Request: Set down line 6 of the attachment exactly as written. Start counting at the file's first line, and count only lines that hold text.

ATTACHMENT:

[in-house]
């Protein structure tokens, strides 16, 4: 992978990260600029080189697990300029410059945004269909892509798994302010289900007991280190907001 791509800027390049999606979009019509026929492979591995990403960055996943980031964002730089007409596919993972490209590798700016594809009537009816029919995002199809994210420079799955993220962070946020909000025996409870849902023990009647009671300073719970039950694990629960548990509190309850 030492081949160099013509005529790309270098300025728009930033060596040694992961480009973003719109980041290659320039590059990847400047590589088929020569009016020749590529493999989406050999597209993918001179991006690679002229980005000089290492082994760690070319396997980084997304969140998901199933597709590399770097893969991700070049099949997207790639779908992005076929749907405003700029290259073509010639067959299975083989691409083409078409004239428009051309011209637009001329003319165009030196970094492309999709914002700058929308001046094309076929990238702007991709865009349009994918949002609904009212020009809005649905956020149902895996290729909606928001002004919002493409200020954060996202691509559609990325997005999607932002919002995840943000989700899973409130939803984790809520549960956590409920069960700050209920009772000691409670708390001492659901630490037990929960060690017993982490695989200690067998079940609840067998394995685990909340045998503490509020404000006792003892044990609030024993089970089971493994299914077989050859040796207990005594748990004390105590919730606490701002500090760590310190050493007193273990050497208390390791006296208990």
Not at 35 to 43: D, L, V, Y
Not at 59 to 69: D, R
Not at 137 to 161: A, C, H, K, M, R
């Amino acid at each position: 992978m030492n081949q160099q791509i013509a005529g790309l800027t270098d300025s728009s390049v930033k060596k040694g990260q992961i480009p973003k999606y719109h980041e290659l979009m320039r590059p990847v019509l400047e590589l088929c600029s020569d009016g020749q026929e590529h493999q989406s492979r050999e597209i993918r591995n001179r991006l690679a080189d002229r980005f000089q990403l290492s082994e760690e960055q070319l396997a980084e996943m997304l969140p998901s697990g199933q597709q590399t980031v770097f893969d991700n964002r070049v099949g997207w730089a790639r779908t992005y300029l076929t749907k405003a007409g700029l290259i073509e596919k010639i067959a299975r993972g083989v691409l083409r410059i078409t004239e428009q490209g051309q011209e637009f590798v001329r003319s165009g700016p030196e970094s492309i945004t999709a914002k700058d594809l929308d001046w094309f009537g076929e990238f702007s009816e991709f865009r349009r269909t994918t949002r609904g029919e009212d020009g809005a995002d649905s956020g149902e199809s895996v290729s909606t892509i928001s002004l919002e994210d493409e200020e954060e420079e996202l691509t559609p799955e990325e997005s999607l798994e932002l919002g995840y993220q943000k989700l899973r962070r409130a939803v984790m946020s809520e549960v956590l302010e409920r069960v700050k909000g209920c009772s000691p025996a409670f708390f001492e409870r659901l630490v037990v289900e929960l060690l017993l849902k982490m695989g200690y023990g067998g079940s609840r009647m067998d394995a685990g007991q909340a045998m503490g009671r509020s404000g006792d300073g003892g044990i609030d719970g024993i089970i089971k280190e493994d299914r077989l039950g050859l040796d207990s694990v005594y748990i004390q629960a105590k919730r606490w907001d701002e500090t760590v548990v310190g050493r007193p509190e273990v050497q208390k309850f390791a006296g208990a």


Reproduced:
């Amino acid at each position: 992978m030492n081949q160099q791509i013509a005529g790309l800027t270098d300025s728009s390049v930033k060596k040694g990260q992961i480009p973003k999606y719109h980041e290659l979009m320039r590059p990847v019509l400047e590589l088929c600029s020569d009016g020749q026929e590529h493999q989406s492979r050999e597209i993918r591995n001179r991006l690679a080189d002229r980005f000089q990403l290492s082994e760690e960055q070319l396997a980084e996943m997304l969140p998901s697990g199933q597709q590399t980031v770097f893969d991700n964002r070049v099949g997207w730089a790639r779908t992005y300029l076929t749907k405003a007409g700029l290259i073509e596919k010639i067959a299975r993972g083989v691409l083409r410059i078409t004239e428009q490209g051309q011209e637009f590798v001329r003319s165009g700016p030196e970094s492309i945004t999709a914002k700058d594809l929308d001046w094309f009537g076929e990238f702007s009816e991709f865009r349009r269909t994918t949002r609904g029919e009212d020009g809005a995002d649905s956020g149902e199809s895996v290729s909606t892509i928001s002004l919002e994210d493409e200020e954060e420079e996202l691509t559609p799955e990325e997005s999607l798994e932002l919002g995840y993220q943000k989700l899973r962070r409130a939803v984790m946020s809520e549960v956590l302010e409920r069960v700050k909000g209920c009772s000691p025996a409670f708390f001492e409870r659901l630490v037990v289900e929960l060690l017993l849902k982490m695989g200690y023990g067998g079940s609840r009647m067998d394995a685990g007991q909340a045998m503490g009671r509020s404000g006792d300073g003892g044990i609030d719970g024993i089970i089971k280190e493994d299914r077989l039950g050859l040796d207990s694990v005594y748990i004390q629960a105590k919730r606490w907001d701002e500090t760590v548990v310190g050493r007193p509190e273990v050497q208390k309850f390791a006296g208990a």